on is would you replicate this with C-stands and fabric outside, or is this something you would only do inside, and would you do it for engagements, or just weddings? Good question. I would probably not do it for either. The reason is, I would do this for studio stuff. Like, if we're doing, like, studio-based shooting, you guys can do this. You can do this on location. It's just that... I'm sure the reason you asked this is 'cause, like, when you're outside on set and you're doing this, it's difficult to set up these stands. You have to take bags along with you. You have to do all that kinda stuff. And that's where this guy comes into play, which it's a perfect time to actually show. This guy's, like, my favorite to-go softbox, and this is the Westctott Rapid Box. Or, no, sorry, this is the Westcott Apollo Orb. I have both of them. We'll show 'em both off. But this is an umbrella that you stick the flashes through and point it toward this, and you get a perfect softbox, like, on location. You just need one assistant to be able to hold it so that it's not gonna blow over, 'cause even when you put stands down like that, this is like a giant sail, so it'll blow over. But this is a very easy to do, it's very, pretty inexpensive compared to all the modifiers out there. I think it's, like, 150 bucks or something. But, so these kinda setups, like, I'll give you an example. For that fitness shoot that you guys saw, we did this setup. We actually put up gigantic strobes, and we put, like, two levels of cloth in there because we didn't have a window light and we needed something like this, so we put up a bunch of strobes behind these cloth and created it. So that's, the shot that you saw with her, like, doing a crunch, that shot was that technique, okay? It's great when you're staying in one place and shooting for a while, but you can see that it takes, like, five minutes to set up, 10 minutes to set up, and it's a lot of gear and moving pieces and so forth. But in general when you're outdoors, you don't need that stuff. You can find everything that you need with you, you know, on set and that kinda... So let's do this. I'm gonna turn these guys off, and let's, can you help me move all the, let's move everything to the other side. I wanna shoot, I wanna get a nice sample set of images of just using the natural light in this room, 'cause when we get into the next segment, we're gonna start doing flash modification of stuff, and I want you to see how different you can make a space look depending on what you're doing to it. So with this, I'm gonna have you guys come over here, take a step forward. Come forward a little bit. Perfect. Keep coming. Perfect. Now go into a close pose, guys, and then hold hands in the center and take one small step away from each other. Great. Perfect. And let's have... Travis, take a small step towards your lovely wife. Perfect. And... I'm just gonna bring this over here. So when we shoot wide open, I wanna give you guys this little heads up, that the more you try and modify a scene, the more it will look manipulated and unnatural, meaning that as you take away light from something, and we're gonna show this to you later on, as you take away light, then it starts to look like you've modified it, versus when you use majority of the light and add a little bit. So we call it the flash to ambient balance. The more light we add and the more that we take away from the scene, the more it looks like we've done something to the scene, okay? Versus the less, the more natural effect. So what I'm gonna do right now is I'm gonna shoot for this scene and we're just gonna go natural light. And this is a cool scene. Like, this kind of a backlit scene is great for several things. You can do silhouetted shots. You can do close-ups. And if we shoot wide open on a prime, you're gonna get this beautiful blooming effect that comes in around the subjects that looks really cool. Okay, so what we'll do first is we're just gonna do a little... Let's do just a silhouetted shot. So I'm gonna have you guys... I'm gonna use my live view, 'cause why not cheat if you can? That's my rule. I have a lot of rules. Okay. Perfect. Look toward each other, guys. Beautiful. They're gonna have these little highlights on their cheekbones and stuff. It looks fantastic. Oh, and guess what I forgot to turn off. All right, one more time, guys. Perfect. Right there. Okay, I'm shooting at 1.4. I'm moving around just a little bit just so I can get them basically centered up in this scene. And so you're gonna see that... I don't really like that first shot. I would actually shoot this scene like that if I wanted to go with natural light. I wouldn't try and add to... Because shadows are kind of like a beautiful thing, right? Like, this is what looks really cool, and it is having this highlight along the cheekbone, and if you actually look at the last shot where the flash has fired accidentally. Let's see what that was. Okay, the flashes are pointing that way, right? So they came back as a flat light. So look, it flattened out the shadow in the face, and, like, what made it cool in this shot, it kinda removed, which, that's not what we wanna do. So I dig that. I would love to get a little close-up shot, and go for a peck right on her forehead. Pull her in to you. Perfect. Pull her in tight around the waist. Perfect, just like that. I love that. Fantastic. And there's a little bit of... Oh, it's that guy. Do you think we can turn that guy off for a second? There we go. I saw... You guys'll see this. Do you see this shadow going across the face like that? No likey. Me no likey. Okay, and then what I'm gonna do is I'm gonna move you guys just a little bit to one side. So let me move you guys over to this side so we don't have that gigantic bar going right between where you're kissing her. Right, perfect. We're gonna actually frame you right over that square. So keep going a little bit more to... Right there, perfect. And then pull Danielle into you. Beautiful, just like that. Perfect. Okay. Fantastic. Now what we can do is adjust our exposure for a little bit more of a bright shot, so I'm gonna go up to one 400th of a second. Beautiful. Perfect. Now, Danielle, I want you to, we're gonna actually utilize this light a little bit. So what I want you to do is see if we can get... I love the way that the light comes... So if we have you looking straight like this, and then let's put you, brother, let's have you actually reverse. So what if you turn towards the window, like how we talked about. Perfect. And let's have you open up a little bit towards this side and look towards her right there. And Danielle, I want you to keep your chin towards him. Perfect, just like that. And then open up the shoulder a little bit, Travis, just so we can kind of get... There you go. A little bit more of your profile in. Perfect. Danielle, kinda smile as he's thinking about saying something to you but not doing it. (laughs) Look down a little while you're smiling. Perfect. That's gorgeous. Okay, I love that light wrap on the face. There's one thing here that I like to do is I try to be careful of where the nose crosses over the face. With Danielle, she has a pretty flawless nose, but if someone has a little bit of a larger nose and you wanna de-emphasize that, don't let it cross over this other side of the cheek, okay? So you don't let it cross over that line. So you keep it, you basically turn her chin a little bit more so it stays on the inside a little more. Okay, that looks fantastic. Let me get that one more time. I love that smile. Travis, say something soft and sweet in her ear. Perfect. Perfect. Go for a peck on the forehead. Beautiful. Fantastic. And then this is where the light... One of the things that I wanted to point out is notice how the light on their face is pretty bad, right? So I'm not making them look into the camera. If the light on the face is not the focus, if it's not good, we just close the eyes and keep it away from the camera, basically, so that way we're not seeing it. As soon as she looks into the camera, watch this. Danielle, look into the camera now. Perfect. Oop, I think that was misfocused. Oh, I think you asked me if I was focus recomposing, too, Catherine. Okay, as soon as she's looking into the camera, then it looks like a not very well-exposed shot. Okay, so we can change that by bringing in a reflector, and if you did, let's bring in the silver. Hug into him again and then bring that in. We're gonna catch this light right from the window and push it right into her face. Bring it in close and tight. We want as much light as possible, but it's still a silver, right? So it's gonna bring a lot of reflections and stuff. So what I would do before we do the shot in real life is have 'em use a little bit of dabbing cloth, like, a little bit of matte cloth. We do this because this simulates kind of a cloud. This is like an overcast day where you don't have direct light. So whenever you don't have direct light, if you're catching light from the shadows, you use a silver. If you're catching light from direct sunlight, you use a white, so that way you get, you don't blind your people. So come out towards this side a little bit and then angle it towards her face. Perfect. And now, Danielle, you can kind of look up towards me right there. Perfect. Travis, stay down on her right there. Perfect. Okay, and then relax for one sec, and you'll see that this'll be a much better shot, right? So we need to, if we're gonna have the face as a part of a shot, we need to light it so it's part of the shot. And what I would do here is adjust a little bit of the angle so that we get a little more light into the eyes just a bit. But that looks pretty decent.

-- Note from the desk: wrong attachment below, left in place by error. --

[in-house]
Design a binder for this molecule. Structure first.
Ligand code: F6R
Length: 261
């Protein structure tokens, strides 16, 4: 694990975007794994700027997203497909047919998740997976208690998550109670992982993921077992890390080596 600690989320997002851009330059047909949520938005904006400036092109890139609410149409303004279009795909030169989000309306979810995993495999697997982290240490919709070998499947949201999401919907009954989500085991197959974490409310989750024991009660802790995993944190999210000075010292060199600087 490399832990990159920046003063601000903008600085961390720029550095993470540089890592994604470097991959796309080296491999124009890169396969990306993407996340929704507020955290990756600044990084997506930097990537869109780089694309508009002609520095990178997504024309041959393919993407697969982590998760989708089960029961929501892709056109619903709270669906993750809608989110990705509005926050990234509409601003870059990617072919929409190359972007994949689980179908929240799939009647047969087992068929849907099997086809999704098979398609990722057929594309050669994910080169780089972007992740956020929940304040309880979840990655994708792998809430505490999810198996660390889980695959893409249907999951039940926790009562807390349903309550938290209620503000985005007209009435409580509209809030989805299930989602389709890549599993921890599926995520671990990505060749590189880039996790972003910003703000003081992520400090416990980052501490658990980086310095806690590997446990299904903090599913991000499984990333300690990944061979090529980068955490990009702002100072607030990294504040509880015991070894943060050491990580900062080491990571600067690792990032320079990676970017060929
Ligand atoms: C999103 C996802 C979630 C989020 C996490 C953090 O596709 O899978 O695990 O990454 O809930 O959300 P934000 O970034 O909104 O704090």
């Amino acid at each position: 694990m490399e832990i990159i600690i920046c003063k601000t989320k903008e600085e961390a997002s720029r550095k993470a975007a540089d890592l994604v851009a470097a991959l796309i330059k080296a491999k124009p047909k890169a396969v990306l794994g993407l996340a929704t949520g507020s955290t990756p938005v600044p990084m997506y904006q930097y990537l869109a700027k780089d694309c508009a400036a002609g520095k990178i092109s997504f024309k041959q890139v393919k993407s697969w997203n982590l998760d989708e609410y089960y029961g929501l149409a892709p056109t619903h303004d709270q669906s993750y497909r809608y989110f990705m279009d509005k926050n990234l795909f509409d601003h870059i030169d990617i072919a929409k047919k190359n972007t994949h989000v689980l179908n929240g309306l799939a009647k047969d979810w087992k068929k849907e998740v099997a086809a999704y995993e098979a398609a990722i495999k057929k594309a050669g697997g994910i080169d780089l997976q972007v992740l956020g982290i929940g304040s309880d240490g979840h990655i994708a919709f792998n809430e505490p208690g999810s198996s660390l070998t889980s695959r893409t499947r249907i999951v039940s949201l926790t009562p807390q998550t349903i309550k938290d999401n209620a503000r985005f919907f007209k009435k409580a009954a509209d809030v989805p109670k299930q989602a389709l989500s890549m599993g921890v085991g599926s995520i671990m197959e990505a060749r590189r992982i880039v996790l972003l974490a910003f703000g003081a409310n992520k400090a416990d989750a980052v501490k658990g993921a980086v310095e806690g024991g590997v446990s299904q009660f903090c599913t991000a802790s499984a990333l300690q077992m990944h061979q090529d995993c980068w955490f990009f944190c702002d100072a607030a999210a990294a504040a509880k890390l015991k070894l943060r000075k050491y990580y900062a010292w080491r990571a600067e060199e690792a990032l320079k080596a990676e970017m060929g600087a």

Class Description


Couples want to capture their commitment to each other in high-quality, creatively shot photographs. They also expect their bliss to appear natural and evocative. Photographers who are trying to build their engagement photography portfolio need to be able to juggle both technical and creative expectations. Pye Jirsa’s 
Incredible Engagement Photography will teach students how to strike this balance with basic equipment.


In this course, you’ll discover how to:

  • Use simple on- and off-camera flash lighting
  • Communicate effectively to devise creative, meaningful poses
  • Develop post-processing and overall workflow 
Drawing on lessons taught in Pye’s other courses (Photography 101, Lighting 101, and Lighting 201), you will learn how to adapt to a variety of different lighting situations – indoor and outdoor, natural and urban. You’ll also gain a sense of the importance of storytelling and of developing a disarming interaction style for putting couples at ease during a shoot. 

Conducting an engagement photography shoot requires a delicate mix of technical and interpersonal skills – but not an abundance of expensive, demanding equipment.